Rivalry with Wythe

Pendleton and George Wythe were bitter rivals in the courtroom and had drastically different approaches to how they applied the law. Pendleton was known for a more adept, dynamic court room presence, while Wythe exhibited a more scholarly and rigid outward appearance.[19] Wythe would often gloss over concepts and facts that he considered irrefutable, while Pendleton would explain such issues as a common man would.[20] This approach often garnered Pendleton more support in the courts and made him seem more "cool, smooth and persuasive," consistent with Thomas Jefferson's description of as "the ablest man in debate I have ever met."[21]

Henry Clay, who worked for and studied under Wythe from ? to ?, described the differences between Wythe and Pendleton thusly: "Mr. Pendleton was far less learned than Mr. Wythe, but he possessed more versatile talents, was an accomplished gentleman, and better adapted to success in general society and in the busy world."[22] Pendleton often bested Wythe in their courtroom debates and Clay once recounted a story that exhibited the nature of their rivalry:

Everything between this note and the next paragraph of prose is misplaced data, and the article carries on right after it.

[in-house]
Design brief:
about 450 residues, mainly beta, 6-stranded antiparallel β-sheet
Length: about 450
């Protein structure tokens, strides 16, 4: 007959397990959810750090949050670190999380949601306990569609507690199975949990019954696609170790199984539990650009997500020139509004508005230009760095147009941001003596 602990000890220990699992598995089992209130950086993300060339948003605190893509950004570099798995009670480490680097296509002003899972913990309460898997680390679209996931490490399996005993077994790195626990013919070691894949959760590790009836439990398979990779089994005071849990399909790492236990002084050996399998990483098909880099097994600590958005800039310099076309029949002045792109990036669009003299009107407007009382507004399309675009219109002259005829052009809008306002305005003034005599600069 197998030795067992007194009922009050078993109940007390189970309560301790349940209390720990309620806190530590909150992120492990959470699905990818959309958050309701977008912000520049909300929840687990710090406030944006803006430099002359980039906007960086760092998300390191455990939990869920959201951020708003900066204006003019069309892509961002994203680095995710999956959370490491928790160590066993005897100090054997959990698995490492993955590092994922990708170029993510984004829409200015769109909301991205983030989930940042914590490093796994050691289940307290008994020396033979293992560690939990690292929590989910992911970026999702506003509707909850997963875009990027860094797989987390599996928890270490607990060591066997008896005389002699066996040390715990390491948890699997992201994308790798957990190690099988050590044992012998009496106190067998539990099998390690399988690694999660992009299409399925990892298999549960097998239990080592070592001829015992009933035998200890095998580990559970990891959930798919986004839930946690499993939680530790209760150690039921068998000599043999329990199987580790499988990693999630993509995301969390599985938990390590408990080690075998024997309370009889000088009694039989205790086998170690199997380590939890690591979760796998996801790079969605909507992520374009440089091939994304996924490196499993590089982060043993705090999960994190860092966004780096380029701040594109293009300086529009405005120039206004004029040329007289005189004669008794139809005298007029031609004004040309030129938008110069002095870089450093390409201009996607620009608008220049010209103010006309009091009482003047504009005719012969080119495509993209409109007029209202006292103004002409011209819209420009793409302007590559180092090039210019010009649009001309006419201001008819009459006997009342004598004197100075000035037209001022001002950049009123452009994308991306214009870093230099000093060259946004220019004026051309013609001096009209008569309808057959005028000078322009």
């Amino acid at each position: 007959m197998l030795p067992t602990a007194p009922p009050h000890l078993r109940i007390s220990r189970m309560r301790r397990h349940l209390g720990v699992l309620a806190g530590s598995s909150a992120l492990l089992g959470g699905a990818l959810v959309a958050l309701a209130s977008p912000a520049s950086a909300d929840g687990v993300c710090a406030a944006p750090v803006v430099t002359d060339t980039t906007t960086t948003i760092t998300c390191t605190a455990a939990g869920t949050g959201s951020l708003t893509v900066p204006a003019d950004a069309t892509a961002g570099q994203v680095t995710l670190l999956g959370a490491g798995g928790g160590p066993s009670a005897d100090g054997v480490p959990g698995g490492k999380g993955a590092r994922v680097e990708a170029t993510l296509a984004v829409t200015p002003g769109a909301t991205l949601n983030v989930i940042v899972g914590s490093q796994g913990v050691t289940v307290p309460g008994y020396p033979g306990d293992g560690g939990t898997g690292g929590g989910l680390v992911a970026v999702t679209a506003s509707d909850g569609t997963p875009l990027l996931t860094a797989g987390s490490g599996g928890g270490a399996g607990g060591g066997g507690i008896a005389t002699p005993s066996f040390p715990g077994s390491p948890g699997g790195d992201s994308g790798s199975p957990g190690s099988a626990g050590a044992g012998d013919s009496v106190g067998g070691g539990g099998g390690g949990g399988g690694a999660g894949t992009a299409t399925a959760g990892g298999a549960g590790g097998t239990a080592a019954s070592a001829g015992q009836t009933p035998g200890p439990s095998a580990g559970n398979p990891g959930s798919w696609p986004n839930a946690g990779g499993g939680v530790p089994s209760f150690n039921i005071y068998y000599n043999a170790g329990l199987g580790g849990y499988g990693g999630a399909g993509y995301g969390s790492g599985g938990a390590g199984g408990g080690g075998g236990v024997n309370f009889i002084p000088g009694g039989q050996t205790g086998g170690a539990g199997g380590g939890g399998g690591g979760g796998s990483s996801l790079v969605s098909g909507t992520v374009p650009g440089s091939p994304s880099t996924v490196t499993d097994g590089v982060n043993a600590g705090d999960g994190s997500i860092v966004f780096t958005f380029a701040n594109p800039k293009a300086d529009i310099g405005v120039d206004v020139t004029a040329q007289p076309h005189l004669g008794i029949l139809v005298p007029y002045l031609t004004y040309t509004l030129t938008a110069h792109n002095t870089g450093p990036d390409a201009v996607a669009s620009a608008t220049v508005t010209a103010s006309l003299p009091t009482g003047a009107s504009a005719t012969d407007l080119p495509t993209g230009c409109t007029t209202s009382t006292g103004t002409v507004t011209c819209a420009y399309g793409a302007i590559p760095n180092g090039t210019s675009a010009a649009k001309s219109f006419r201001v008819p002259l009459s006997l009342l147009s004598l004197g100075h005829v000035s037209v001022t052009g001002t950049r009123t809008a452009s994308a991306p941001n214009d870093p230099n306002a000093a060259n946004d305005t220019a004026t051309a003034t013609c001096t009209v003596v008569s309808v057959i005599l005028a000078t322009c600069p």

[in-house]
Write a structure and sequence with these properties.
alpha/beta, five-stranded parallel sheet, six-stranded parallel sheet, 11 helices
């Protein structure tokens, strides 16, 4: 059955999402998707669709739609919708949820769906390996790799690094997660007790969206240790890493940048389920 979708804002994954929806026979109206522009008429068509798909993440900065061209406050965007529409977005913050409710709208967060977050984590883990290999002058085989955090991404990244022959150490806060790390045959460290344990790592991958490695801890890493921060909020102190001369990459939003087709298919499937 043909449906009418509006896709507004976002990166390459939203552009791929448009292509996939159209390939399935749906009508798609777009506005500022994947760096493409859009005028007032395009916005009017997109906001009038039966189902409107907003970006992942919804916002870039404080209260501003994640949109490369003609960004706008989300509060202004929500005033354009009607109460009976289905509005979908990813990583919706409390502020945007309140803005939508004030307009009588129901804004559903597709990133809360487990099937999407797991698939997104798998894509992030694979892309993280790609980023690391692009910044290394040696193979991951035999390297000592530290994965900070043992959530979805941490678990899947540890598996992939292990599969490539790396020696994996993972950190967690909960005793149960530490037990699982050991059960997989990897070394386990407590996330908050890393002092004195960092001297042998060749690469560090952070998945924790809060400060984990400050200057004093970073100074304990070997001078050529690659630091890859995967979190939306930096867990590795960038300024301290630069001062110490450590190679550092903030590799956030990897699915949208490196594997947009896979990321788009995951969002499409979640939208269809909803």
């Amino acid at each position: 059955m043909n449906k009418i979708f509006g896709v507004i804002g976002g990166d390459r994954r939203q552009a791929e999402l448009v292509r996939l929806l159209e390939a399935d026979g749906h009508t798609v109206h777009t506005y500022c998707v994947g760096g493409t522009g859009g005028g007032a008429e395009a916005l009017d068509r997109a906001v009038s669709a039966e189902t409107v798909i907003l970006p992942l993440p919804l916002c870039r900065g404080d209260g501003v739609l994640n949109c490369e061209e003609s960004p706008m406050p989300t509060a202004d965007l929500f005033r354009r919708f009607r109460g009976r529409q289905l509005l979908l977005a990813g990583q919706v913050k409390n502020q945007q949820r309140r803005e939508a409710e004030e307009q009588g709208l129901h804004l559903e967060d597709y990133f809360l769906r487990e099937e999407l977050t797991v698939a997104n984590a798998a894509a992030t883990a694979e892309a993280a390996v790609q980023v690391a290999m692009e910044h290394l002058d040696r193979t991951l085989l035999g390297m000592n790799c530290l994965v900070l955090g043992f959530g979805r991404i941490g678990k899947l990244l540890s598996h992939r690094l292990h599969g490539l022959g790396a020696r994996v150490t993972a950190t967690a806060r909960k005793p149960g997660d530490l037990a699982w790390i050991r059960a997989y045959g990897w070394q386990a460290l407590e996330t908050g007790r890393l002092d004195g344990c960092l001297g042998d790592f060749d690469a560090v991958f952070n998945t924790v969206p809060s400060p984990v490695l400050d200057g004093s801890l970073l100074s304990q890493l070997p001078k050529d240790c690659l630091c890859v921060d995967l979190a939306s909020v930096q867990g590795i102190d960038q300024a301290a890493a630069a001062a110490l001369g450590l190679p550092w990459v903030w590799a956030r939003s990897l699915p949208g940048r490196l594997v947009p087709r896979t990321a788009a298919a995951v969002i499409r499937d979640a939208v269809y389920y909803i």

On one occasion, when Mr. Wythe, being opposed to Mr. Pendleton, lost a case, in a moment of vexation he declared, in the presence of a friend, that he would quit the bar, go home, take orders, and enter the pulpit. You had better not do that replied his friend; for if you do, Mr. Pendleton will go home, take orders, and enter the pulpit too, and beat you there.[23]

Within months of the adoption of the Declaration of Independence, the Virginia House of Delegates appointed a committee to revise the new Commonwealth's colonial laws. The committee consisted of Pendleton, Thomas Jefferson, George Mason, Thomas Ludwell Lee, and Wythe.[24] In early 1777, the non-attorneys, Mason and Lee, resigned from the committee leaving the bulk of the work to the other three members. Jefferson assumed the task of examining ancient English laws before the settlement of the colony; Wythe, English laws passed since 1607; and Pendleton, Virginia statutes.[25]